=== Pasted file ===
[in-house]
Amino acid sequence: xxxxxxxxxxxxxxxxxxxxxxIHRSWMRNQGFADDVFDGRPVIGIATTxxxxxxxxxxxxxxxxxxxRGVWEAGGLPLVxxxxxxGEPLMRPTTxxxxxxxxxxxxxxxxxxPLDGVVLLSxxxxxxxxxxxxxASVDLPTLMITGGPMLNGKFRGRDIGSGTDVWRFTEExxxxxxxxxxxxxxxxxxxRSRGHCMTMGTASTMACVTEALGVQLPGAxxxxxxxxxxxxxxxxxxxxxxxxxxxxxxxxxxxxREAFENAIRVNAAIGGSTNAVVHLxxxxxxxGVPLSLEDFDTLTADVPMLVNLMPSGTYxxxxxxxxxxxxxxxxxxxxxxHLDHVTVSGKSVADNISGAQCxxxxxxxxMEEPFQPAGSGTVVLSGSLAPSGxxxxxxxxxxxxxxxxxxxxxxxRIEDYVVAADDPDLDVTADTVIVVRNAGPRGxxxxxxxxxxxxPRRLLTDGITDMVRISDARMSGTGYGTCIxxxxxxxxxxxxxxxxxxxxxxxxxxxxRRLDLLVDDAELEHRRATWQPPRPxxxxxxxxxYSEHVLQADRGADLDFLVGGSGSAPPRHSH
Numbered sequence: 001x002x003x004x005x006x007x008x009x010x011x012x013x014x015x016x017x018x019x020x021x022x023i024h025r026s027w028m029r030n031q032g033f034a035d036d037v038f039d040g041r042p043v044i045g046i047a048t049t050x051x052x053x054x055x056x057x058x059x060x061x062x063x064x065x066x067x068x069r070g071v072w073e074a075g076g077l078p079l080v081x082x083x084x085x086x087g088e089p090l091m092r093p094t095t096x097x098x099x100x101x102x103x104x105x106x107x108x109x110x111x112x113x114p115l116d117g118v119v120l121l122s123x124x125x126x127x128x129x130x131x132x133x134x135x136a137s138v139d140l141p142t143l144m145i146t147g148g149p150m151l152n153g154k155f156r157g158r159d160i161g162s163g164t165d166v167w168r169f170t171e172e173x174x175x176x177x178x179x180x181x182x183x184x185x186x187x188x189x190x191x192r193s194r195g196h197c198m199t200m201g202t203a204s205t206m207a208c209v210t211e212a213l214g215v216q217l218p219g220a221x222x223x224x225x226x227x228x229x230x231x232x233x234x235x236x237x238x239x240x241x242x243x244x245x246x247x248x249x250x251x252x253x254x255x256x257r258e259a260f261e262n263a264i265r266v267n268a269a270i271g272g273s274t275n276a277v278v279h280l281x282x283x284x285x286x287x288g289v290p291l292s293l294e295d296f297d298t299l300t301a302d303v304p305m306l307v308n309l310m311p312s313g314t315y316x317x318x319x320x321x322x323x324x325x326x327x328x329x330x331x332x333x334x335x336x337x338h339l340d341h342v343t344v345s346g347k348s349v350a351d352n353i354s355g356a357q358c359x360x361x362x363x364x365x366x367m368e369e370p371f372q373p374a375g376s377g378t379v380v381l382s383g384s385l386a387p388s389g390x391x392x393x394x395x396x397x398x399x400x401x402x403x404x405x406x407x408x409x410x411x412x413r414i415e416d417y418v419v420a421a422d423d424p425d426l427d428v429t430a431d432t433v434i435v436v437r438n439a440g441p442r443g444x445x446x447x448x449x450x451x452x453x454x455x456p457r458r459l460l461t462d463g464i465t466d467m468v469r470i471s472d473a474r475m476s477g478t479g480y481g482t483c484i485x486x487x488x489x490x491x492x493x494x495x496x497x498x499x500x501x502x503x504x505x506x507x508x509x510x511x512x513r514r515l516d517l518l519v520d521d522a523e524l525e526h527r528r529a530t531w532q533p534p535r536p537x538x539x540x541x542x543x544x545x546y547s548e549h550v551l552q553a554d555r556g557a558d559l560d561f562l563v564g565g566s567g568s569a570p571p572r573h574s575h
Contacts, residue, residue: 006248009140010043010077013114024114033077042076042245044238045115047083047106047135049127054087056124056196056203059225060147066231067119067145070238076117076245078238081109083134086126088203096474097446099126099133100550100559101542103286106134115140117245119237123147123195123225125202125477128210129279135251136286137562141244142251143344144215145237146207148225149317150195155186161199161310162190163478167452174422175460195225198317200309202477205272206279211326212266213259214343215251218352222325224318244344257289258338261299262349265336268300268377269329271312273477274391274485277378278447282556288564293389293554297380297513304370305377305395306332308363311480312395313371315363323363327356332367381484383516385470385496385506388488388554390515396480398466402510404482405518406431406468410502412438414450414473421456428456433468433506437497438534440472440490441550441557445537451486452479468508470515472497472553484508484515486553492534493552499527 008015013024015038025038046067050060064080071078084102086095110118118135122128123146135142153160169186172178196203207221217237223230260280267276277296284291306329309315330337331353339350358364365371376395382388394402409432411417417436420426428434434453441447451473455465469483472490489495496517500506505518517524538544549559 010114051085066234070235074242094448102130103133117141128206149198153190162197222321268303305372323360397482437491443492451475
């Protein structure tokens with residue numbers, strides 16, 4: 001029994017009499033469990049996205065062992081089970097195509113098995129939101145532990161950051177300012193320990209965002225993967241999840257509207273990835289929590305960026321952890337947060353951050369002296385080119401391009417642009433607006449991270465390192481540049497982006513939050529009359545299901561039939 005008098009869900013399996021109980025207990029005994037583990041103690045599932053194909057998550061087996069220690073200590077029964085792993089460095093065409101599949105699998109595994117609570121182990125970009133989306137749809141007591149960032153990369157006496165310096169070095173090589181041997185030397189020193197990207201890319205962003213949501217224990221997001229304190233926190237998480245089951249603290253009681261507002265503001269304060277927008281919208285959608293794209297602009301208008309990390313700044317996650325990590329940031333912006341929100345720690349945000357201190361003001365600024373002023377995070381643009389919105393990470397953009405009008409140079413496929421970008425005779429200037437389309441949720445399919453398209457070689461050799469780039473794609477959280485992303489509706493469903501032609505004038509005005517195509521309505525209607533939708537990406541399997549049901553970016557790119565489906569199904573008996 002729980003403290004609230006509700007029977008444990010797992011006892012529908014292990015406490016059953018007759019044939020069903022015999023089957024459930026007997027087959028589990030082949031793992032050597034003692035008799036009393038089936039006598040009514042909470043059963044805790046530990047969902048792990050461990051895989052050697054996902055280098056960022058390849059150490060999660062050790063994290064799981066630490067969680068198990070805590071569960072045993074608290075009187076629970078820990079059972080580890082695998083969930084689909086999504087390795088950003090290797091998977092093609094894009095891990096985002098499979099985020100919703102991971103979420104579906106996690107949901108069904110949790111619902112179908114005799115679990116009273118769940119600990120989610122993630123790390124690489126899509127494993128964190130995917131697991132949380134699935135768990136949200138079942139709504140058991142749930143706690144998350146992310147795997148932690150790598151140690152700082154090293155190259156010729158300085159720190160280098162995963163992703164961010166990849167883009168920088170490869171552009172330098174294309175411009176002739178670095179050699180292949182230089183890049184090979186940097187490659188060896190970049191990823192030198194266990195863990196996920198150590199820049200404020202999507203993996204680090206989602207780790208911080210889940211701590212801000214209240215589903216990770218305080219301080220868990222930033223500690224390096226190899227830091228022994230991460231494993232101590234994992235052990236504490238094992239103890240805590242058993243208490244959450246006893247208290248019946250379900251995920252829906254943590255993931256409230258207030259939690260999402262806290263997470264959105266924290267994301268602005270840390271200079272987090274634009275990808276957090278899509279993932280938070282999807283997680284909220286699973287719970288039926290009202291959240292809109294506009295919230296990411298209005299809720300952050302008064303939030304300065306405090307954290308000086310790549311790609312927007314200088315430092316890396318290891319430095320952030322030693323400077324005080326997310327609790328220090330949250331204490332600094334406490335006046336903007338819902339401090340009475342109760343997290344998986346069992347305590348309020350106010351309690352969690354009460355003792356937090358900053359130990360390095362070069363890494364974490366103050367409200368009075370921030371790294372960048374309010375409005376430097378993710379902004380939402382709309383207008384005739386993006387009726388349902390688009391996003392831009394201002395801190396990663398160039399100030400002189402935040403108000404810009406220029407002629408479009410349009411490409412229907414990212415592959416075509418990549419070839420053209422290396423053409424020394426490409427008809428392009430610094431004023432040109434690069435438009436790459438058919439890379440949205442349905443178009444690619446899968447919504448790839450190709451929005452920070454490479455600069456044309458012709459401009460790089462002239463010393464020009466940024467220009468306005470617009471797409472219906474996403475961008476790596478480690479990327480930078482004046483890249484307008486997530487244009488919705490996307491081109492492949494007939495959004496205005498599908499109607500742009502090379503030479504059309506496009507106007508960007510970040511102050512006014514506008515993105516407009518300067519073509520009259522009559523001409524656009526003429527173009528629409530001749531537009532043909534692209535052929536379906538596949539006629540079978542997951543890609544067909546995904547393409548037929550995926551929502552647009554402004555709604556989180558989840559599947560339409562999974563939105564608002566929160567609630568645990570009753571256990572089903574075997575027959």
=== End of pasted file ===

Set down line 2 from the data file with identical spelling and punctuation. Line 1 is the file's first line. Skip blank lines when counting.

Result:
Amino acid sequence: xxxxxxxxxxxxxxxxxxxxxxIHRSWMRNQGFADDVFDGRPVIGIATTxxxxxxxxxxxxxxxxxxxRGVWEAGGLPLVxxxxxxGEPLMRPTTxxxxxxxxxxxxxxxxxxPLDGVVLLSxxxxxxxxxxxxxASVDLPTLMITGGPMLNGKFRGRDIGSGTDVWRFTEExxxxxxxxxxxxxxxxxxxRSRGHCMTMGTASTMACVTEALGVQLPGAxxxxxxxxxxxxxxxxxxxxxxxxxxxxxxxxxxxxREAFENAIRVNAAIGGSTNAVVHLxxxxxxxGVPLSLEDFDTLTADVPMLVNLMPSGTYxxxxxxxxxxxxxxxxxxxxxxHLDHVTVSGKSVADNISGAQCxxxxxxxxMEEPFQPAGSGTVVLSGSLAPSGxxxxxxxxxxxxxxxxxxxxxxxRIEDYVVAADDPDLDVTADTVIVVRNAGPRGxxxxxxxxxxxxPRRLLTDGITDMVRISDARMSGTGYGTCIxxxxxxxxxxxxxxxxxxxxxxxxxxxxRRLDLLVDDAELEHRRATWQPPRPxxxxxxxxxYSEHVLQADRGADLDFLVGGSGSAPPRHSH